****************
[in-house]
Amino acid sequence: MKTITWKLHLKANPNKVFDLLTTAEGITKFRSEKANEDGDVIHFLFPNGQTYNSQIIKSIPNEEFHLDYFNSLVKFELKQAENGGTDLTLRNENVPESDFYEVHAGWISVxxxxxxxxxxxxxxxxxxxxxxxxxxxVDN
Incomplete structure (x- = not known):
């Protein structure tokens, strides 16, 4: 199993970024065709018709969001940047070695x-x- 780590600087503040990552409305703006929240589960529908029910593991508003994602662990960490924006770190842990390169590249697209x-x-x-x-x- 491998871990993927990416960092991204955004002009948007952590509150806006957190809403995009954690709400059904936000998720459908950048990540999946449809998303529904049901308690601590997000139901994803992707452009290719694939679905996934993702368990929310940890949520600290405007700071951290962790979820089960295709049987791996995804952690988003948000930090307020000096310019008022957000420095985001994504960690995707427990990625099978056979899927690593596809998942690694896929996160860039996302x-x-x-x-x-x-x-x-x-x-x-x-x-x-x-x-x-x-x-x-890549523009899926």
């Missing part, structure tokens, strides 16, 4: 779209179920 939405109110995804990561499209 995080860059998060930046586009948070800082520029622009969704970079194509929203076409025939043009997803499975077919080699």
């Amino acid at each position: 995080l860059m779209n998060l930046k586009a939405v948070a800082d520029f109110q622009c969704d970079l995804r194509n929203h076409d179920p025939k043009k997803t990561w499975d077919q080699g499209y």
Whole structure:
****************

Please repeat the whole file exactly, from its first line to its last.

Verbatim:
[in-house]
Amino acid sequence: MKTITWKLHLKANPNKVFDLLTTAEGITKFRSEKANEDGDVIHFLFPNGQTYNSQIIKSIPNEEFHLDYFNSLVKFELKQAENGGTDLTLRNENVPESDFYEVHAGWISVxxxxxxxxxxxxxxxxxxxxxxxxxxxVDN
Incomplete structure (x- = not known):
């Protein structure tokens, strides 16, 4: 199993970024065709018709969001940047070695x-x- 780590600087503040990552409305703006929240589960529908029910593991508003994602662990960490924006770190842990390169590249697209x-x-x-x-x- 491998871990993927990416960092991204955004002009948007952590509150806006957190809403995009954690709400059904936000998720459908950048990540999946449809998303529904049901308690601590997000139901994803992707452009290719694939679905996934993702368990929310940890949520600290405007700071951290962790979820089960295709049987791996995804952690988003948000930090307020000096310019008022957000420095985001994504960690995707427990990625099978056979899927690593596809998942690694896929996160860039996302x-x-x-x-x-x-x-x-x-x-x-x-x-x-x-x-x-x-x-x-890549523009899926």
């Missing part, structure tokens, strides 16, 4: 779209179920 939405109110995804990561499209 995080860059998060930046586009948070800082520029622009969704970079194509929203076409025939043009997803499975077919080699």
């Amino acid at each position: 995080l860059m779209n998060l930046k586009a939405v948070a800082d520029f109110q622009c969704d970079l995804r194509n929203h076409d179920p025939k043009k997803t990561w499975d077919q080699g499209y």
Whole structure: